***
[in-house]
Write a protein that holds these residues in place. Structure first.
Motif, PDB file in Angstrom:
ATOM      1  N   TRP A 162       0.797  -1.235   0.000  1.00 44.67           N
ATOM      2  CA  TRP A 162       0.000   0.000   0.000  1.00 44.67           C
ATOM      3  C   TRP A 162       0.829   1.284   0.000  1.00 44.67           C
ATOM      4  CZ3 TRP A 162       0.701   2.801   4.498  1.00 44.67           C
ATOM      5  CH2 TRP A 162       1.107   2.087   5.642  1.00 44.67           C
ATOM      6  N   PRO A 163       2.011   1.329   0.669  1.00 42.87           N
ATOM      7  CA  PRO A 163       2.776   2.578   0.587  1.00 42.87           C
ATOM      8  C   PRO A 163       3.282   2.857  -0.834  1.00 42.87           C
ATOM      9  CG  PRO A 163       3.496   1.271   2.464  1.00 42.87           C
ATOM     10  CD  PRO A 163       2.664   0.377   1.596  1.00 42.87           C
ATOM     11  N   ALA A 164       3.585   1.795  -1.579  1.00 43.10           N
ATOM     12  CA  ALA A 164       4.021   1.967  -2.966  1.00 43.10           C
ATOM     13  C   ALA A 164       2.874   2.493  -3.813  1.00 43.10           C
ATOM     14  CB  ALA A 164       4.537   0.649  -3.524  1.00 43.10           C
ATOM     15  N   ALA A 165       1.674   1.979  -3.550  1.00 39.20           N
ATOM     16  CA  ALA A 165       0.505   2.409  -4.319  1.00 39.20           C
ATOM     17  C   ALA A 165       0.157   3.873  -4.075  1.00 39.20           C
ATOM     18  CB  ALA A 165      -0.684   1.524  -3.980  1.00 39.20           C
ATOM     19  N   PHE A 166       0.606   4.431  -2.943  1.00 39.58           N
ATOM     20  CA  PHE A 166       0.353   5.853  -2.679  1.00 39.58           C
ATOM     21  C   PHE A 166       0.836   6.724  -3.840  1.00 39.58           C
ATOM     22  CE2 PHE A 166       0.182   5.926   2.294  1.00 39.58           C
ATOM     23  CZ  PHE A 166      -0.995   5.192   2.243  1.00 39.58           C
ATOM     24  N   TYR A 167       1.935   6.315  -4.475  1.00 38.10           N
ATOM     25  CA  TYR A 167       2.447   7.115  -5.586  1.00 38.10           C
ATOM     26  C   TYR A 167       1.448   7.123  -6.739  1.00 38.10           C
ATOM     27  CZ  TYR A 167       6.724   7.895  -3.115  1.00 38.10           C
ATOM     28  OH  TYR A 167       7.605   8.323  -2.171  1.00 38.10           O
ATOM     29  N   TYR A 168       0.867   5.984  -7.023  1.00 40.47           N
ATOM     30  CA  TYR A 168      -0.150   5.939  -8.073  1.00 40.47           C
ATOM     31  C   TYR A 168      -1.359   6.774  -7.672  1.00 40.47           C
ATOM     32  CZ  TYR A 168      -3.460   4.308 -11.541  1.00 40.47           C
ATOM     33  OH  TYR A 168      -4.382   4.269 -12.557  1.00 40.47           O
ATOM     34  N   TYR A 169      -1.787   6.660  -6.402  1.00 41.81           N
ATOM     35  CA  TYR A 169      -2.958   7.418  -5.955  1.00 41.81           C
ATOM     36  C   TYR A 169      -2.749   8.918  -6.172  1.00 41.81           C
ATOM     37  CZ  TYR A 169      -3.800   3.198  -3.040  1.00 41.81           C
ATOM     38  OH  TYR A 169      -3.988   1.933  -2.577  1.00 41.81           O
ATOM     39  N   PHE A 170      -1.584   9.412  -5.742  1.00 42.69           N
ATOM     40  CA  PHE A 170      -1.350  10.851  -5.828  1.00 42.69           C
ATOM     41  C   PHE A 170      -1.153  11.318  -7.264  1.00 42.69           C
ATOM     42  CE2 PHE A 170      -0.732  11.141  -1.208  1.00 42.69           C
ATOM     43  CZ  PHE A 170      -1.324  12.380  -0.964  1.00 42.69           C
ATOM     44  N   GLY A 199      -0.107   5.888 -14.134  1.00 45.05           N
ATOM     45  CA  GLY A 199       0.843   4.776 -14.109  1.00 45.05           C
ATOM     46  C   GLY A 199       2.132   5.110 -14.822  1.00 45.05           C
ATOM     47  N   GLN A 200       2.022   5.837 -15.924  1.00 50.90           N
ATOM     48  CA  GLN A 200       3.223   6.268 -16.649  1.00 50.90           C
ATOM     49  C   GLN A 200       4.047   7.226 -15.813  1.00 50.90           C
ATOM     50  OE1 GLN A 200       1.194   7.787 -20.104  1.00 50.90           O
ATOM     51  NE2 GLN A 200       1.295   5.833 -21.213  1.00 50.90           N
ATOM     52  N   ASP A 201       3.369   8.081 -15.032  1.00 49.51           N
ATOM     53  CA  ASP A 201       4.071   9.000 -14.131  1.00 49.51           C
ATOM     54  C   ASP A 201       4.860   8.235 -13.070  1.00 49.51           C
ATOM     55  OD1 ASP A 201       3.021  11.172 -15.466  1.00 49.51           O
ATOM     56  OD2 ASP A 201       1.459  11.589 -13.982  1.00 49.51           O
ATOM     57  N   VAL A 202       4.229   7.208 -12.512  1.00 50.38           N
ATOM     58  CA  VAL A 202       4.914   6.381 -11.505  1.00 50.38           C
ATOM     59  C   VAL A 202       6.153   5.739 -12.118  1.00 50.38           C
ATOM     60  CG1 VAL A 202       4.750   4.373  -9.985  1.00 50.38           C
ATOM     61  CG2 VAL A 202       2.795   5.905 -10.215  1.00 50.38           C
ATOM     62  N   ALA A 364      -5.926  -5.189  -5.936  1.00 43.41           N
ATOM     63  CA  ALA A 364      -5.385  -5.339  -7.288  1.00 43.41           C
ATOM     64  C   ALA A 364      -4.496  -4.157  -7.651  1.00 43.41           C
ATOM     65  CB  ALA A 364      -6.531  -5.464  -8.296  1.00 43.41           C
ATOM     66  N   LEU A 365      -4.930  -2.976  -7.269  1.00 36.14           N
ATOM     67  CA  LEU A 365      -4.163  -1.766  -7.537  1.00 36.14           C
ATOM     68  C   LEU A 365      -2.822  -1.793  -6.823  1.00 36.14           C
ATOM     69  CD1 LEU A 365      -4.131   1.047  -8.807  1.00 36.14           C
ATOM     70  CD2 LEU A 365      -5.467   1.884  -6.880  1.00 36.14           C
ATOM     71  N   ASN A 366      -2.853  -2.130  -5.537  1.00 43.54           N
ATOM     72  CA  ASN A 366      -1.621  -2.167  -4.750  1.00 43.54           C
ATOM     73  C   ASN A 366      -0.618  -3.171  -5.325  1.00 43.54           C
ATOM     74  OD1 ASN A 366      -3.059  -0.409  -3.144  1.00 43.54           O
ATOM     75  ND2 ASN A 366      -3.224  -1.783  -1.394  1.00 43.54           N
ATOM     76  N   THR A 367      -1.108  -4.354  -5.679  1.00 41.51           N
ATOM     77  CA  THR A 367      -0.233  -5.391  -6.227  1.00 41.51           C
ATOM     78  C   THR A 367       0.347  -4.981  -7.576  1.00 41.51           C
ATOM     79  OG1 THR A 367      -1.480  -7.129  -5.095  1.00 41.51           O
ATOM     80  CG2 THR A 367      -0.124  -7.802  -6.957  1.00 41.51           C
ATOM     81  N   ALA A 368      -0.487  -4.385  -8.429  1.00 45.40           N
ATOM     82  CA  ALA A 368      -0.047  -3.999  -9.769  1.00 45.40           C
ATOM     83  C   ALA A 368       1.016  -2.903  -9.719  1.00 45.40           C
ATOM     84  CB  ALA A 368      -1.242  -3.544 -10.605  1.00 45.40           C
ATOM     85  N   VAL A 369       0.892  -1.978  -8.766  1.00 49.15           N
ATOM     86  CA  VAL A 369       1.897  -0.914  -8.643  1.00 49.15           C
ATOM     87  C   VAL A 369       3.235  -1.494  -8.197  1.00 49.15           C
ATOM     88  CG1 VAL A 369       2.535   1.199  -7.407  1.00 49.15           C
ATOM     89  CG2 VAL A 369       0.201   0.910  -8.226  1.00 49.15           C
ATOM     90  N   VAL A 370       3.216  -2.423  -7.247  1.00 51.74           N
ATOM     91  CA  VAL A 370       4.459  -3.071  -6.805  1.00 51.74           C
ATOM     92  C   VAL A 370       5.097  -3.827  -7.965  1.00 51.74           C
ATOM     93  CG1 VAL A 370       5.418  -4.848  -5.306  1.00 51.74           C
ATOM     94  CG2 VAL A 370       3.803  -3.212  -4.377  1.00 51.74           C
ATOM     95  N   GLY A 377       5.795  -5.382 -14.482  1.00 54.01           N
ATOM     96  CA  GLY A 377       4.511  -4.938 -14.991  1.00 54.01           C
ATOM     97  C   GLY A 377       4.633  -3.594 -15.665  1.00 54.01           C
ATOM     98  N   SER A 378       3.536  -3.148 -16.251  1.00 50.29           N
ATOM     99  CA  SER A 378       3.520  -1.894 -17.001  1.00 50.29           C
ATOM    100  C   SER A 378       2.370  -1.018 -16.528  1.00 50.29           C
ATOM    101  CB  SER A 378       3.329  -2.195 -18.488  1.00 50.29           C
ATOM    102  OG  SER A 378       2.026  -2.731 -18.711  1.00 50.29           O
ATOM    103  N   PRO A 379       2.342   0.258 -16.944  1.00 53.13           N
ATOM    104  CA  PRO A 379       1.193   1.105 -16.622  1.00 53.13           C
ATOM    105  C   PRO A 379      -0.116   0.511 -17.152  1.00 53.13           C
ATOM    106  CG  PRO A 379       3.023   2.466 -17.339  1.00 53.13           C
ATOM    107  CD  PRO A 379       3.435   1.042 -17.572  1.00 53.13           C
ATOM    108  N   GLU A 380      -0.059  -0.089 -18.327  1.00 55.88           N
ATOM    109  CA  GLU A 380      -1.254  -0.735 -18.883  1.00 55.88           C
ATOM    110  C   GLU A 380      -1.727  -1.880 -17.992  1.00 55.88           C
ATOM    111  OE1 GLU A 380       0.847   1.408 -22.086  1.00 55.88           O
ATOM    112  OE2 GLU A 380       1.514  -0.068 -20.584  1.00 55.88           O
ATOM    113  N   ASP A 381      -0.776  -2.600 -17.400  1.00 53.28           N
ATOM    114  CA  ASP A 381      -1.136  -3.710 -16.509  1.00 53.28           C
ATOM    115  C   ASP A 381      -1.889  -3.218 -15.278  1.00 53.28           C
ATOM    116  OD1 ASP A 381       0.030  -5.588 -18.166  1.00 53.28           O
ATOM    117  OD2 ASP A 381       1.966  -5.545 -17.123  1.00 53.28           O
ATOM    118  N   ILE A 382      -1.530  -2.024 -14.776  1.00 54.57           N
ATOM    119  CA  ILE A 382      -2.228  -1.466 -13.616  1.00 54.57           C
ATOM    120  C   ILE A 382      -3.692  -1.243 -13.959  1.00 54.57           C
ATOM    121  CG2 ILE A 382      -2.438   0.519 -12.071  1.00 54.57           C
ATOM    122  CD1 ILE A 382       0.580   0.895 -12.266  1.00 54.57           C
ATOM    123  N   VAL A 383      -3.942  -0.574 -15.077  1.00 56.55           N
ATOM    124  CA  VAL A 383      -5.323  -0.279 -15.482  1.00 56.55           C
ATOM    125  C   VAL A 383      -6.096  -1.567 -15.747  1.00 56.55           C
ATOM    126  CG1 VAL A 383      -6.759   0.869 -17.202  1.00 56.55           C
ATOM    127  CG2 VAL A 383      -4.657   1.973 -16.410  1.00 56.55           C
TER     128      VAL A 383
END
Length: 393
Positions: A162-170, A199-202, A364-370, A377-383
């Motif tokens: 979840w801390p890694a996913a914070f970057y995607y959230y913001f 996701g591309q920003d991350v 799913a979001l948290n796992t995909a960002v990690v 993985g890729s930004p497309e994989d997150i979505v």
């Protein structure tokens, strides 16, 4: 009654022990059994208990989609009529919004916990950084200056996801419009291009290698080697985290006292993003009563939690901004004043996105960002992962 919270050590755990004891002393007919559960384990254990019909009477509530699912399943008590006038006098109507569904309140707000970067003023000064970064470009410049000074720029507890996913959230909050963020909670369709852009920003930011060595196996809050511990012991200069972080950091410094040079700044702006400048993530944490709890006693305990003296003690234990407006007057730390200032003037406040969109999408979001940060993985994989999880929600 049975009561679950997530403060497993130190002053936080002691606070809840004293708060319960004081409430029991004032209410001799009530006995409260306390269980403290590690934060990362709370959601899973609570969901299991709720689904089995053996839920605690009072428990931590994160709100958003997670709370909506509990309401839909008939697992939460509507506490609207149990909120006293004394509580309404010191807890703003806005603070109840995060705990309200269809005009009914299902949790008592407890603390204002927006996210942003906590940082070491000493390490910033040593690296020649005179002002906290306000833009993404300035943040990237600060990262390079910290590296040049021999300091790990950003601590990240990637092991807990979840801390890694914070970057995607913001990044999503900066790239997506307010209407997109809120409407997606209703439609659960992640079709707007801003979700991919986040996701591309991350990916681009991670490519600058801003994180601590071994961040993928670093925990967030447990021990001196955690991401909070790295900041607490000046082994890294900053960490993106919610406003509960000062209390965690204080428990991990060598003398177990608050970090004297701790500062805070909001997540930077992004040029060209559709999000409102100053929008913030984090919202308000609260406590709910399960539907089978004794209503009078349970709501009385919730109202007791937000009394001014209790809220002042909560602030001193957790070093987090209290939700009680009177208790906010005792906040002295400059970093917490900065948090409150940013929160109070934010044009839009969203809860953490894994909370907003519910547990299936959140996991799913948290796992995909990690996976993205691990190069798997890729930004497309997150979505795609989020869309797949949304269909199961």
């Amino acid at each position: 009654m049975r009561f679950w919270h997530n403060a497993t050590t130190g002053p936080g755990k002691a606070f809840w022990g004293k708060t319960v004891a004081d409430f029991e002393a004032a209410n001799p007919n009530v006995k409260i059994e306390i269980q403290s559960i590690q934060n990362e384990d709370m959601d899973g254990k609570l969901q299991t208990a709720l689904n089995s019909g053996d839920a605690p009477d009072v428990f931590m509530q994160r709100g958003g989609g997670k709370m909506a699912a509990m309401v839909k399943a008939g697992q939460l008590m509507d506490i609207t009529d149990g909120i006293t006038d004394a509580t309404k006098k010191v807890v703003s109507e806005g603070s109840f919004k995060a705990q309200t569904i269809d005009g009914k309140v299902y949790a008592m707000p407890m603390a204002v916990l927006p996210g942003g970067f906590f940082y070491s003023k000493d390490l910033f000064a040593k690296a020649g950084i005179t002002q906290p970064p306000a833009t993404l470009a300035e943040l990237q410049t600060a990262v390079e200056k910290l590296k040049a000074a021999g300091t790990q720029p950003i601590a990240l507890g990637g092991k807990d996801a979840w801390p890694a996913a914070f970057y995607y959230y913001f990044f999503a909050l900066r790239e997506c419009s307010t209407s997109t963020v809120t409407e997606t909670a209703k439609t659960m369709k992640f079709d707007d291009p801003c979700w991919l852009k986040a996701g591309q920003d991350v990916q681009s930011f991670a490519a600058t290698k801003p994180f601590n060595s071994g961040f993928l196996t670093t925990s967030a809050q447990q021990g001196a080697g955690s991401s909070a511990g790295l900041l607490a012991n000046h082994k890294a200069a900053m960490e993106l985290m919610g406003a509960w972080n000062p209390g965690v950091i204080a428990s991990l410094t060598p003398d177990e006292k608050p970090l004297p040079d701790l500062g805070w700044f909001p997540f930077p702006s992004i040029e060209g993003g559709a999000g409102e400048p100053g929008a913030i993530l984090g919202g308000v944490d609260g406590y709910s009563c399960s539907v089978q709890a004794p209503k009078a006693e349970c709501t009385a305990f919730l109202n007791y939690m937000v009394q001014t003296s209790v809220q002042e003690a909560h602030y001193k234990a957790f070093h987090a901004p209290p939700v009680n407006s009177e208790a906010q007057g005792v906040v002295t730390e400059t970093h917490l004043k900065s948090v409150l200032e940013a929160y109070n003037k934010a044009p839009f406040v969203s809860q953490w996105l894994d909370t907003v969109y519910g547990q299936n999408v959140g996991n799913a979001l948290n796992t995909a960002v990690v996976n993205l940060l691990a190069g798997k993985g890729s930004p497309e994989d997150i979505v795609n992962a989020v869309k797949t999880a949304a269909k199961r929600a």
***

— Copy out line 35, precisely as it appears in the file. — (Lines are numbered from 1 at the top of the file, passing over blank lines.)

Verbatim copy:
ATOM     32  CZ  TYR A 168      -3.460   4.308 -11.541  1.00 40.47           C